/ Gentle Reformation

Ezra the Reformer

While James takes a look back at some of the gentle reformers of church history, like J.G. Vos, I thought I would reach back a bit further and look at some Old Testament examples of reform and reformers.  There are many such examples from which we can find great encouragement and instruction.  Today, we'll take a brief look at Ezra and the heart of his ministry.

Ezra ministered at a time of great crisis in the ancient church, when a strong, godly leader was needed.  To my mind, two things stand out as the core elements of his ministry, and were the heart of the reform and revival that took place under his leadership.

The first was his love for God's Word and his ministry of it, which is described in a very specific sequence in Ezra 7:10 -  "For Ezra had prepared his heart to seek the law of the Lord, and to do it, and to teach statutes and ordinances in Israel."

The Old Testament is known for piling up verbs which we are sometimes apt to take as synonymous repetition (e.g. "to keep and do the statutes and commandments of the Lord").  Yet each verb has its own thrust, and the lesson often lies in the sequence.  In this case, the progression of seek, do and teach is important.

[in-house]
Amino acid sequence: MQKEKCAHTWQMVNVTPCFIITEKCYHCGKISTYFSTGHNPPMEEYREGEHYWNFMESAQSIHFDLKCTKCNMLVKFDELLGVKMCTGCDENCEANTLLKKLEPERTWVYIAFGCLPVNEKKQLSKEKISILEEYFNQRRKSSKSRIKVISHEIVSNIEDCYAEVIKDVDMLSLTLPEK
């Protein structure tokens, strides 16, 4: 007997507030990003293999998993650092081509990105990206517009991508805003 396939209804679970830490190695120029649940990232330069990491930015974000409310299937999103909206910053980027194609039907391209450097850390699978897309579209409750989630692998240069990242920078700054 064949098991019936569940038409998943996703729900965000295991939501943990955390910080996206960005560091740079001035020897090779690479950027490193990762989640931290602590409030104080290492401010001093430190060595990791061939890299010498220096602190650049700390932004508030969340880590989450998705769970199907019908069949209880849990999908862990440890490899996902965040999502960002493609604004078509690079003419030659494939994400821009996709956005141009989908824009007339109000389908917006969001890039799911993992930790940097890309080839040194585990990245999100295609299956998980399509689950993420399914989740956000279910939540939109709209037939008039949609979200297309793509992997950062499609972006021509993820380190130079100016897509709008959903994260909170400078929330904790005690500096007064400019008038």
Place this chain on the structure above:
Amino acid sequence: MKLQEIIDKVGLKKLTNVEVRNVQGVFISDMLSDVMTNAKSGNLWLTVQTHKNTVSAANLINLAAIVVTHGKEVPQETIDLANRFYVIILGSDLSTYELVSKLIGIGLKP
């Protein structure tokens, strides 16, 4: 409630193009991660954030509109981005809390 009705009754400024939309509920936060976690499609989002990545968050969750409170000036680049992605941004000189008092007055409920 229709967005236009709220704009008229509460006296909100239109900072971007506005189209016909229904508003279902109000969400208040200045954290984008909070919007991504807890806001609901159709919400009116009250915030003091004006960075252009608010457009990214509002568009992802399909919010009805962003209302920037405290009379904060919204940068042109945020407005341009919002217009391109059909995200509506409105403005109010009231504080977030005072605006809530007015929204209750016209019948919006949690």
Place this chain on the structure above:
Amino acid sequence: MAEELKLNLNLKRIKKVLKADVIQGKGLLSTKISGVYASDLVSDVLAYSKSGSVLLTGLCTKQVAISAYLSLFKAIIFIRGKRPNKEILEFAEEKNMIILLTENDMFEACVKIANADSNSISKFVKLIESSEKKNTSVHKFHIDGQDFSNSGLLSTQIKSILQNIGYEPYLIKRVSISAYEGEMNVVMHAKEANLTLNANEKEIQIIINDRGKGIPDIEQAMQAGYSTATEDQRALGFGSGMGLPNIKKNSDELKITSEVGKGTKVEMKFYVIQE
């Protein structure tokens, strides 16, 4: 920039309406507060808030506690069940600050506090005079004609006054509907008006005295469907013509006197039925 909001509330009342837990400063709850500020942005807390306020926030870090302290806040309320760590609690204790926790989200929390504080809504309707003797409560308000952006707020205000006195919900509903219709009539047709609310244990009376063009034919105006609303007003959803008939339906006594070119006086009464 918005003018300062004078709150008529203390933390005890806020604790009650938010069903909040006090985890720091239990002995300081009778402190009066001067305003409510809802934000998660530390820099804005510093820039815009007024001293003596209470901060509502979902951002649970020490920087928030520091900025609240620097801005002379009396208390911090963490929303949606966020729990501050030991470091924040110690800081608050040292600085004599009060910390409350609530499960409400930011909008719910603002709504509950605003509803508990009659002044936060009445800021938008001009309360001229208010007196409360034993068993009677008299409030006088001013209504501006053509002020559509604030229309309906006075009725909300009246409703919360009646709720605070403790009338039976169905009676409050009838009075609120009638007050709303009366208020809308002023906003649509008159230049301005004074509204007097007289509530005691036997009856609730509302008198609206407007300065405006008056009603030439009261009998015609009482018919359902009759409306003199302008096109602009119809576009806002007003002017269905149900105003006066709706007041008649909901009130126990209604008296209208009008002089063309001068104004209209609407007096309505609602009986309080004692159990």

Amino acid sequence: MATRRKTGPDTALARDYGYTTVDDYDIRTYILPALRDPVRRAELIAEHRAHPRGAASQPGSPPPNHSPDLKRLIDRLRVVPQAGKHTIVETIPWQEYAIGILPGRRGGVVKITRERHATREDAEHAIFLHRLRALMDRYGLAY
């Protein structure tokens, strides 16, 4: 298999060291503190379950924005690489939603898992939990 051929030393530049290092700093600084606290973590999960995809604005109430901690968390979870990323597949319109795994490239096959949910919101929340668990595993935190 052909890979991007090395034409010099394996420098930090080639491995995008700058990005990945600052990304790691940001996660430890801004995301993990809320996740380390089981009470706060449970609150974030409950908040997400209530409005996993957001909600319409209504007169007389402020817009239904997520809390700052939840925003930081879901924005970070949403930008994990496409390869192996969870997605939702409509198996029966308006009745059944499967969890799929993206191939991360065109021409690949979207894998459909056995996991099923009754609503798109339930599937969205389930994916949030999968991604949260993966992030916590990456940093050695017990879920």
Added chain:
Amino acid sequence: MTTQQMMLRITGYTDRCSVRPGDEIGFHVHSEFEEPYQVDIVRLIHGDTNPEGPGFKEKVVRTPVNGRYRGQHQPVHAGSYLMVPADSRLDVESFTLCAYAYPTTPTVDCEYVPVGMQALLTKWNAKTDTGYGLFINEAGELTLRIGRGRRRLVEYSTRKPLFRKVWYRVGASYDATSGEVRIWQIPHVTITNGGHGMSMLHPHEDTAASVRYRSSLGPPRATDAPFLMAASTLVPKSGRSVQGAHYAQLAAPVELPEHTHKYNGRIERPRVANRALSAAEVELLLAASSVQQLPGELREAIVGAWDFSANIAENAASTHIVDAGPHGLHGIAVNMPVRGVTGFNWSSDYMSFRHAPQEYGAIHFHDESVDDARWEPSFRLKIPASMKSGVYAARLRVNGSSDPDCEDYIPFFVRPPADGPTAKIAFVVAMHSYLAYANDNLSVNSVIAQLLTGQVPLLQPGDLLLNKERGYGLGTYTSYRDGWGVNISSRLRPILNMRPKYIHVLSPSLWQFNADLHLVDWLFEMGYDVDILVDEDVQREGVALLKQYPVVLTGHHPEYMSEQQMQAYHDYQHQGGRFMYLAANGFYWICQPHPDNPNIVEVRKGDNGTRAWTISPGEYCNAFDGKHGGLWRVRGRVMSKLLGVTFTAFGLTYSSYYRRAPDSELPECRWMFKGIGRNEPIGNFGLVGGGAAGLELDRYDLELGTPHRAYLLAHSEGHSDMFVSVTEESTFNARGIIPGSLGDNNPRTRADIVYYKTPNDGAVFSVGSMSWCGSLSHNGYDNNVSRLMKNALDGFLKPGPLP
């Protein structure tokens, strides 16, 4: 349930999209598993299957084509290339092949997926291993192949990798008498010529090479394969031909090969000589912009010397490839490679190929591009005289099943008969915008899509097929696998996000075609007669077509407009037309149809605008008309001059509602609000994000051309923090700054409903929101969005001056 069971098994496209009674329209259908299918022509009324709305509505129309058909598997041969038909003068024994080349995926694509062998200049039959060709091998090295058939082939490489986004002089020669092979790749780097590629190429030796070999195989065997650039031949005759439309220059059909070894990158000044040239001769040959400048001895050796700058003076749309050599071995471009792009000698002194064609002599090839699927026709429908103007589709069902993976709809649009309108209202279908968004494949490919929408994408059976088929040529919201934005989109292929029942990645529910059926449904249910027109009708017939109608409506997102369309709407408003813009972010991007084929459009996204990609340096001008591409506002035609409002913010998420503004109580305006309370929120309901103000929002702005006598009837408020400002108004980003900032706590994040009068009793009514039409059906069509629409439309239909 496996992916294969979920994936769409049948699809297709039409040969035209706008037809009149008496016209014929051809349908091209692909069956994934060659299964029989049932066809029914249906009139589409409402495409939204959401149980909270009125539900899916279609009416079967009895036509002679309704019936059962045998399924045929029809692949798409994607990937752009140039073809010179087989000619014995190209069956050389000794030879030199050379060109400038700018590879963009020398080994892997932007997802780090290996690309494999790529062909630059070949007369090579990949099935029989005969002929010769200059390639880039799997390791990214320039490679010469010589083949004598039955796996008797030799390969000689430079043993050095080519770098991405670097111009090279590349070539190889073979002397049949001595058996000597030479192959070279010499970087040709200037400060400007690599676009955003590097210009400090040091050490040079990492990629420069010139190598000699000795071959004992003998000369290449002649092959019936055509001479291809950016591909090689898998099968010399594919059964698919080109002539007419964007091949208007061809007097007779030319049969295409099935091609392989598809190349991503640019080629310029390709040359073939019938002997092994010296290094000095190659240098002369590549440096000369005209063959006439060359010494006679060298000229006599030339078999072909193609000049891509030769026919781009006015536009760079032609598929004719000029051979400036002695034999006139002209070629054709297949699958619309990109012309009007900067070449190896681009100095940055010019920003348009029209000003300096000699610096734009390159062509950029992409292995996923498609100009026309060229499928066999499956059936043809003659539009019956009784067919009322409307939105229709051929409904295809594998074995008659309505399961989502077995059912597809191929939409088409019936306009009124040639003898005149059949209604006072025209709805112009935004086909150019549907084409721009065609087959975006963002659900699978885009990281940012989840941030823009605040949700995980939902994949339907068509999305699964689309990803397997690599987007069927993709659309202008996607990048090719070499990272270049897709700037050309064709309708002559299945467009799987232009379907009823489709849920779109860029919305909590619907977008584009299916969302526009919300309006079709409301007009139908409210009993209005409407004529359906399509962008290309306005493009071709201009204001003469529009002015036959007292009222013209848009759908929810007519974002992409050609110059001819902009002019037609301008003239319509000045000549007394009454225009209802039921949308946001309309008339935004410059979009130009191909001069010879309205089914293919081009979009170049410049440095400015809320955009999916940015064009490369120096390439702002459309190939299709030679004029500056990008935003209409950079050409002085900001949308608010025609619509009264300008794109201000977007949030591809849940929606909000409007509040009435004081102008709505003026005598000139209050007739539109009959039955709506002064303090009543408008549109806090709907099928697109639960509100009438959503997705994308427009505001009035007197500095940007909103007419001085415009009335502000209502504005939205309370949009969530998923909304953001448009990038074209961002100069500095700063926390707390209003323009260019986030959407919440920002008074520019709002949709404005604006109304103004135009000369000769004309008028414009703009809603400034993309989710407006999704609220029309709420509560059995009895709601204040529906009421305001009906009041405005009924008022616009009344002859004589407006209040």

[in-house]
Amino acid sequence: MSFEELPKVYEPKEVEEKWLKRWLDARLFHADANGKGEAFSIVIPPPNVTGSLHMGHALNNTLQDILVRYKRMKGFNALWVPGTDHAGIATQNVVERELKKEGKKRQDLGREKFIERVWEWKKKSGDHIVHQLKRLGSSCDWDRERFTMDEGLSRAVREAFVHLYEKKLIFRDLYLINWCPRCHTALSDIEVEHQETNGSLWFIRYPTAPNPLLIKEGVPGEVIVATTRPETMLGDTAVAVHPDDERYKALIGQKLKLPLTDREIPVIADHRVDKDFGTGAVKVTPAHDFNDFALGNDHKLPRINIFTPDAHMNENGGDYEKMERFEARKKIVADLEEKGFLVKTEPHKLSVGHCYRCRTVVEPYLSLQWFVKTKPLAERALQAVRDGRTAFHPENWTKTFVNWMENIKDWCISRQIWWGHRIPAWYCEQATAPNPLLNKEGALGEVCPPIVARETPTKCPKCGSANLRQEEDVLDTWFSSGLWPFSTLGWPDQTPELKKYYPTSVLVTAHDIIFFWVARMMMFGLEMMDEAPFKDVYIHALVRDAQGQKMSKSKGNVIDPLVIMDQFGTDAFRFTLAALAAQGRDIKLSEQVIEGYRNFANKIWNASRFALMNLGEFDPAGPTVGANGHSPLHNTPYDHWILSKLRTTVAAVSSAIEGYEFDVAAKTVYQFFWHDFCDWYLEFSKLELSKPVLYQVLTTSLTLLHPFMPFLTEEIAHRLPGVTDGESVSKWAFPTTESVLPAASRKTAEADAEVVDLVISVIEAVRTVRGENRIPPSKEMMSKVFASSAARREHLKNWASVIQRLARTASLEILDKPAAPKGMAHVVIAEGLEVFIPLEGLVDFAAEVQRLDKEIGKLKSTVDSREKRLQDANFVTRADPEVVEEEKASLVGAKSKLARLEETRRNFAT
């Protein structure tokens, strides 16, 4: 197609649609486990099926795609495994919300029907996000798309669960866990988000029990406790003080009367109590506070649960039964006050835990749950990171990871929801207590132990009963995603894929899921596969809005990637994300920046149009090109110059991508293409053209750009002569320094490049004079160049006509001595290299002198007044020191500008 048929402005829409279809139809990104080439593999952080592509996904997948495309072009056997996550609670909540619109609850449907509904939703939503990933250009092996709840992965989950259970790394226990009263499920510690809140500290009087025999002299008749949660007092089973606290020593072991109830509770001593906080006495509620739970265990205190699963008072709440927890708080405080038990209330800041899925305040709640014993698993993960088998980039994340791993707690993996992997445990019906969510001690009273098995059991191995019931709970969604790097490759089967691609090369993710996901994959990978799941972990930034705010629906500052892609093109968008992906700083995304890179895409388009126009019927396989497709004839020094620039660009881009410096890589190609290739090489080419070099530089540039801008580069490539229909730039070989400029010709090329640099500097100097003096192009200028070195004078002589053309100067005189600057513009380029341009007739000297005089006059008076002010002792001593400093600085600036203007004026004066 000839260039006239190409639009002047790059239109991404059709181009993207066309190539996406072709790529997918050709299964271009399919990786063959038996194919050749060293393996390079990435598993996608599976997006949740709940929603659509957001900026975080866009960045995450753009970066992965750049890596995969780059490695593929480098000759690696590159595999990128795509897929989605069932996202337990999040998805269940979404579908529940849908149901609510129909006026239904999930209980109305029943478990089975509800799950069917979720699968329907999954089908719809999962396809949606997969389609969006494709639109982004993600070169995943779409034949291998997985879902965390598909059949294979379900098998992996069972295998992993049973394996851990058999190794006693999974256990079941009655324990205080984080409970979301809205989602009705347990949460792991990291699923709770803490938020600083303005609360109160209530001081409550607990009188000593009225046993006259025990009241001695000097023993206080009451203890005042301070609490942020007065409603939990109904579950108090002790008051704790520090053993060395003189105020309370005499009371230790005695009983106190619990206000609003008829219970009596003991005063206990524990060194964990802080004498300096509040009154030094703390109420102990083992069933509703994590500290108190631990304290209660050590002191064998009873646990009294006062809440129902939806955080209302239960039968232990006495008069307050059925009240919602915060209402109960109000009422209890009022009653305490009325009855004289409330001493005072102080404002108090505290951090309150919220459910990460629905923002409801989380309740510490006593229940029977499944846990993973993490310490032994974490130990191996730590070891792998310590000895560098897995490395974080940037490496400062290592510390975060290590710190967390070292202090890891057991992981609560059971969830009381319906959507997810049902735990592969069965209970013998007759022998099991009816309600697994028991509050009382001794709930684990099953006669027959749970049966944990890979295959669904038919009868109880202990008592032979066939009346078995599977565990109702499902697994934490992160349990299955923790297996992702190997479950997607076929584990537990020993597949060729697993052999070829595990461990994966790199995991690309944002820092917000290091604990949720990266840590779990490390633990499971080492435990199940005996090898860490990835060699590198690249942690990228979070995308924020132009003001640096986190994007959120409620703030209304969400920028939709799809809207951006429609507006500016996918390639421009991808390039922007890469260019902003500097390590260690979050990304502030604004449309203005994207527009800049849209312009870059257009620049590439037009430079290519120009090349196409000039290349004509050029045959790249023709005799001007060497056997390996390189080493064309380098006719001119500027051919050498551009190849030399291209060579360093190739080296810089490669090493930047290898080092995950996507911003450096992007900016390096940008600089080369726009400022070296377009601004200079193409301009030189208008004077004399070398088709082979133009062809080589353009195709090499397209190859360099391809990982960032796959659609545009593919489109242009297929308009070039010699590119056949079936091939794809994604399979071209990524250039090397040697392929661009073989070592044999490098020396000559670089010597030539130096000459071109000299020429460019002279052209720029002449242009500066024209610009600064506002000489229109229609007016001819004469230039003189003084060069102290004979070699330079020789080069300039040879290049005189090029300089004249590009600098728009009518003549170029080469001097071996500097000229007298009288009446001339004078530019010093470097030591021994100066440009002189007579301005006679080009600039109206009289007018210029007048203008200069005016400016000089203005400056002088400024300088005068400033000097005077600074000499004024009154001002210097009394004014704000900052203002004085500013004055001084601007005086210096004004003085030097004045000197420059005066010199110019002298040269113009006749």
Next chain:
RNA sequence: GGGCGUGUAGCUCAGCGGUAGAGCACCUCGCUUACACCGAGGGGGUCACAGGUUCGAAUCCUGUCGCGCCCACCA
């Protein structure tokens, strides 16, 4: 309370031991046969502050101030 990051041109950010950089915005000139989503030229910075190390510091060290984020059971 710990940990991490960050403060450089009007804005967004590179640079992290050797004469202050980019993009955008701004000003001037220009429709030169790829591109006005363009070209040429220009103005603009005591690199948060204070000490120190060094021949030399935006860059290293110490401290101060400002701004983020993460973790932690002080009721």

Ezra began with his own diligent study of the Scriptures, followed by his own personal practice of them, which provided a foundation for teaching others.  It's important to get this sequence right; if any element is out of order or missing, the ministry of the word will be jeopardized.

Without diligent, personal study there is nothing fresh to apply or proclaim.  Without striving to personally apply the Word and grow in sanctity, proclamation will lack the fire of conviction.  To focus on teaching alone, without conviction or practice behind it, is to substitute the form of the message for its substance.  But this sequence - seek, do and teach -  is a powerful one.  I have no doubt that it is what made Ezra such a useful tool in the hands of God.

The second focal point of Ezra's ministry was certainly prayer.  I am humbled - literally leveled in my spirit - every time I read Ezra's prayer in Ezra 9:6-15.  The passion of it pours off the page as he confesses the guilt of the nation and pleads so earnestly for forgiveness and revival.  You can tell that his prayer was a true motion of the soul, and what followed upon it was nothing less than national repentance and a national covenant, illustrating how "the effective, fervent prayer of a righteous man avails much" (Jas 5:16).

These two priorities are seen again in Acts 6:4 among the apostles, "...but we will give ourselves continually to prayer, and to the ministry of the word."  Ezra's example, carried on by the apostles, is still the only pathway of gentle reformation.